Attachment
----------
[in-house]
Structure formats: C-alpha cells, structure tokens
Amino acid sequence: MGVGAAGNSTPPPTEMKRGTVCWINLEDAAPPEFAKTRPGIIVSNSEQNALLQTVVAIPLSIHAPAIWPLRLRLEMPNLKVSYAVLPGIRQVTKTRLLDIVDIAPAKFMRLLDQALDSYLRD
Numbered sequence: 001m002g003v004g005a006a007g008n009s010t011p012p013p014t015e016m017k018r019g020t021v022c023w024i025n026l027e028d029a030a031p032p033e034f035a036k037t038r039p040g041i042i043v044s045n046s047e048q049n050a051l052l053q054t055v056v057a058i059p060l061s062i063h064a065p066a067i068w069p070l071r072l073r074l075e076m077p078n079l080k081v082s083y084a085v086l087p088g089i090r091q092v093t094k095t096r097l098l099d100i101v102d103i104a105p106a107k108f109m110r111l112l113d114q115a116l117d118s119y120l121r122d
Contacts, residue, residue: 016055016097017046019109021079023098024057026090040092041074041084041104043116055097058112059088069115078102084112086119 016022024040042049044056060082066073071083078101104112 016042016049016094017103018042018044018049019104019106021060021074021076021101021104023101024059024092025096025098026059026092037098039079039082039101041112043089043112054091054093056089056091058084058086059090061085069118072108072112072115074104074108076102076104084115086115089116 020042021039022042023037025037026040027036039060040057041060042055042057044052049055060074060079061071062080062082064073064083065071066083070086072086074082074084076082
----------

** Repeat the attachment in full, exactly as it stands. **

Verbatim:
[in-house]
Structure formats: C-alpha cells, structure tokens
Amino acid sequence: MGVGAAGNSTPPPTEMKRGTVCWINLEDAAPPEFAKTRPGIIVSNSEQNALLQTVVAIPLSIHAPAIWPLRLRLEMPNLKVSYAVLPGIRQVTKTRLLDIVDIAPAKFMRLLDQALDSYLRD
Numbered sequence: 001m002g003v004g005a006a007g008n009s010t011p012p013p014t015e016m017k018r019g020t021v022c023w024i025n026l027e028d029a030a031p032p033e034f035a036k037t038r039p040g041i042i043v044s045n046s047e048q049n050a051l052l053q054t055v056v057a058i059p060l061s062i063h064a065p066a067i068w069p070l071r072l073r074l075e076m077p078n079l080k081v082s083y084a085v086l087p088g089i090r091q092v093t094k095t096r097l098l099d100i101v102d103i104a105p106a107k108f109m110r111l112l113d114q115a116l117d118s119y120l121r122d
Contacts, residue, residue: 016055016097017046019109021079023098024057026090040092041074041084041104043116055097058112059088069115078102084112086119 016022024040042049044056060082066073071083078101104112 016042016049016094017103018042018044018049019104019106021060021074021076021101021104023101024059024092025096025098026059026092037098039079039082039101041112043089043112054091054093056089056091058084058086059090061085069118072108072112072115074104074108076102076104084115086115089116 020042021039022042023037025037026040027036039060040057041060042055042057044052049055060074060079061071062080062082064073064083065071066083070086072086074082074084076082